Home Visit Safety
Visiting patients or clients in their homes in rural central Illinois for adult wheelchair assessments, school-aged child evaluations, or birth-to-three early interventions, was how I spent much of my professional life as an occupational therapist in the 1990s. I enjoyed the work and truly felt like I made a difference to the families I worked with and the individuals I treated.
Going into some of the homes for the state-funded early intervention programs was often a real eye-opener. One family had a state-of-the-art television screen that filled an entire wall, but no money for diapers for the baby. Another family insisted I watch the video of them starring on a talk show, one that made Jerry Springer's seem high class; this was a "who's your daddy" episode, and the pregnant eighteen-year-old daughter of this family I serviced was trying to match DNA to determine her father.
A conversation with another family astounded me. As I worked with the baby with cerebral palsy and observed the four-year- old who unfortunately was too old for my services because she, too, seemed a little "slow," I asked the pregnant Mom as she puffed away on her cigarette, "Has your doctor said anything to you about being pregnant and smoking? Because there is a link between smoking and CP." She quickly defended herself stating "Oh no, everyone in our family has CP, it's genetic".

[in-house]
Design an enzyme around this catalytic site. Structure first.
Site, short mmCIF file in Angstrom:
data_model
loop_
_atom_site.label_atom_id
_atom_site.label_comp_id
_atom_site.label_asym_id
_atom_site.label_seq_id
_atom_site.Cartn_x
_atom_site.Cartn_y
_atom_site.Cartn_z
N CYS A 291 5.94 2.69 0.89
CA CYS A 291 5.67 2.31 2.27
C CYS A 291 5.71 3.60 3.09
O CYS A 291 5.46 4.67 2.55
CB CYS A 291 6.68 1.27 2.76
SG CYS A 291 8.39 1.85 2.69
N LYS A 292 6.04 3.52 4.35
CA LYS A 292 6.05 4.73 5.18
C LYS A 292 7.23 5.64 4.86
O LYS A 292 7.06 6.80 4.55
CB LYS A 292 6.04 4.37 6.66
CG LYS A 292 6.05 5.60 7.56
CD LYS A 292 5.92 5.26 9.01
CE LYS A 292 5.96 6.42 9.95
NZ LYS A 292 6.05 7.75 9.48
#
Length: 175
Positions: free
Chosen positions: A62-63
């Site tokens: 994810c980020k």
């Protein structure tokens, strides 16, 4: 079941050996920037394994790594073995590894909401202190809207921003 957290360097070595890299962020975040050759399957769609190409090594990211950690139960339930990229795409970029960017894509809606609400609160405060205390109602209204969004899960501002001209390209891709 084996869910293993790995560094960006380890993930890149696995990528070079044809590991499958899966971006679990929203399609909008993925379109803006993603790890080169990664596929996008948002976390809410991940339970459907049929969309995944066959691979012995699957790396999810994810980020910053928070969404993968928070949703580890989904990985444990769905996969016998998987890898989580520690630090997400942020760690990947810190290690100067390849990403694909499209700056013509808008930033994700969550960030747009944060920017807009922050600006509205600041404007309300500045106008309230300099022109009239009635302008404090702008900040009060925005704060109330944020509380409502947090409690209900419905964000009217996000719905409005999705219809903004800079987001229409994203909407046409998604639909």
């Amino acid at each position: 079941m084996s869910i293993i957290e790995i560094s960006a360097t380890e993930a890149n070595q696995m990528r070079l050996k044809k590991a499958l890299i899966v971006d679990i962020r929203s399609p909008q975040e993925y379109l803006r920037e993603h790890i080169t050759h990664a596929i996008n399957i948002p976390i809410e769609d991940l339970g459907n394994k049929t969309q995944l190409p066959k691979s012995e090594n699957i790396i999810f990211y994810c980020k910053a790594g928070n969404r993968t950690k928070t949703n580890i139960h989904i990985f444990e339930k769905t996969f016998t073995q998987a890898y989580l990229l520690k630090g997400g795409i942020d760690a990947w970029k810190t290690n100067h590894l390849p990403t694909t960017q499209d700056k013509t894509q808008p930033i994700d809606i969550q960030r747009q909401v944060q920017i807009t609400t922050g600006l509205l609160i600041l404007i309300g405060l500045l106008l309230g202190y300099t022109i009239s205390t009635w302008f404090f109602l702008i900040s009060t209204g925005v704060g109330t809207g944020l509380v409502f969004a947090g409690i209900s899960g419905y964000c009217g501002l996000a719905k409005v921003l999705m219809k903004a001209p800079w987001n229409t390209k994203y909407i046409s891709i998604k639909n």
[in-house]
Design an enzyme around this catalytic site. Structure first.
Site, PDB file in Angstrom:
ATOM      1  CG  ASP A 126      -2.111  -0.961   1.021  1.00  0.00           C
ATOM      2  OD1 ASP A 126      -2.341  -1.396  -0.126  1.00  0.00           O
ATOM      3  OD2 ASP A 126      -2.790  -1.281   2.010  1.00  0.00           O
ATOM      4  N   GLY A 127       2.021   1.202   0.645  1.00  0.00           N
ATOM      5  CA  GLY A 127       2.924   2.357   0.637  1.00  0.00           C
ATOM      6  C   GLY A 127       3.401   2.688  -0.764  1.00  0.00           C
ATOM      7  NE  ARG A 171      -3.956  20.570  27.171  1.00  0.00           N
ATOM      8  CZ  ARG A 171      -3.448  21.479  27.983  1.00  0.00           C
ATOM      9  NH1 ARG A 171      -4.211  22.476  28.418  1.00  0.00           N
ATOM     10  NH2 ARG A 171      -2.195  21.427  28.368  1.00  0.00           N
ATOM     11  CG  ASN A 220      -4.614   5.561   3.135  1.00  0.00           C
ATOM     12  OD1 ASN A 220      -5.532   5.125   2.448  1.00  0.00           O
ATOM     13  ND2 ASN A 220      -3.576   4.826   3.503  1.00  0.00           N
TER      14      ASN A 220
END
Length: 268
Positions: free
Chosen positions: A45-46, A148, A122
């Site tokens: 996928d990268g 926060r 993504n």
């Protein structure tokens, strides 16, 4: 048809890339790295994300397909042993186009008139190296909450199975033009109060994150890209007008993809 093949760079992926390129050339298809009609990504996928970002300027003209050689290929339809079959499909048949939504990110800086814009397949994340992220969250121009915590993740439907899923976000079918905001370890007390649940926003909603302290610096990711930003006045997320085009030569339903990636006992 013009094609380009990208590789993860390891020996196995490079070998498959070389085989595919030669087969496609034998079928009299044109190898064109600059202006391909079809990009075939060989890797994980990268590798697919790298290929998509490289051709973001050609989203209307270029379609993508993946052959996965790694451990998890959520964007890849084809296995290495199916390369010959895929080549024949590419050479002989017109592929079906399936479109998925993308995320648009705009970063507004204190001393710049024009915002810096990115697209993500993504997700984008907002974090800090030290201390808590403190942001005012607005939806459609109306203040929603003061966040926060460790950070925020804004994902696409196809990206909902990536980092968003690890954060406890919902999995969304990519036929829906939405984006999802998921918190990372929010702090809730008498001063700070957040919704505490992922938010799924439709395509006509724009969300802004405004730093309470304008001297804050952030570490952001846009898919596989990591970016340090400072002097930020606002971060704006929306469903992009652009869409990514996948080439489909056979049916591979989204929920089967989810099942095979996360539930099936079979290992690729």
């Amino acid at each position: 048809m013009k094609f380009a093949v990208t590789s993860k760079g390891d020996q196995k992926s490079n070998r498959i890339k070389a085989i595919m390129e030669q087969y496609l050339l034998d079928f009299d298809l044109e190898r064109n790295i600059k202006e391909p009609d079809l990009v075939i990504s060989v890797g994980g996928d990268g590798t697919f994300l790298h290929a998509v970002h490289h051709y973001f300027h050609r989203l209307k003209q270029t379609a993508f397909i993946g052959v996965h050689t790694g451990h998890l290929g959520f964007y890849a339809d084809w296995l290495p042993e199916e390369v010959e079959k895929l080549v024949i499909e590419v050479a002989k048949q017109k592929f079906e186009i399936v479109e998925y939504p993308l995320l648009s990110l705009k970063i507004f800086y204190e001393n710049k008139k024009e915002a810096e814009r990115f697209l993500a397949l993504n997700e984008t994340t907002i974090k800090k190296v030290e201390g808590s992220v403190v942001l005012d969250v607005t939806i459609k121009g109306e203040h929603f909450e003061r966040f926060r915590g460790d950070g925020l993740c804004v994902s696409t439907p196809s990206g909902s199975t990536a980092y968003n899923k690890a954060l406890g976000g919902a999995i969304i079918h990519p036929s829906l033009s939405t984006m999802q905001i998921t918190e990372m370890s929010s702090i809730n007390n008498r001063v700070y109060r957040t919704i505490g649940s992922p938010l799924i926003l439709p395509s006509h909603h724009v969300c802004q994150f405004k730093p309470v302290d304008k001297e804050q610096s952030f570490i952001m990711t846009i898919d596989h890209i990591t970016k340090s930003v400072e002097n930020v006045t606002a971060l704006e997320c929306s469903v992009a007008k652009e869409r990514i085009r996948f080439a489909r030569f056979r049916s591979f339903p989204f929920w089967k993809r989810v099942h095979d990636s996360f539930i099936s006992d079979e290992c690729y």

Another family I visited for EI, for the two of their six who were under three, was just creepy. Unsavory-looking characters were roaming in and out of their home during every therapy session. I recently learned that they had all been murdered in that home, allegedly by a relative who is now doing time in "the big house". My second novel may very well feature some of these memorable characters!
People would accurately describe me as a cautious person; doing those visits never seemed risky. But, these are different times today. Looking back, I can see ways that an OT could be more careful than I was.
Before you leave your home for a home visit, make sure someone knows exactly where you're going and approximately when you expect to return to your home or office. Drive a modest vehicle if you can; in the 1990s I drove Ford Escorts, a Saturn, and Honda Civics. Always park in the street not the driveway, so that you can't get blocked in. Be sure to conceal everything in the trunk while in the home; someone will break into a car for the loose change, so hide that, too. And, of course, lock the car.
Don't make yourself vulnerable. Home visits are definitely not the venue for fashion. Leave your jewelry at home. Avoid bringing a purse.
Be extra watchful if the only other person in the house is a male and you are female. Probably nothing will happen, but do be cautious. And never give out more information about yourself than is necessary.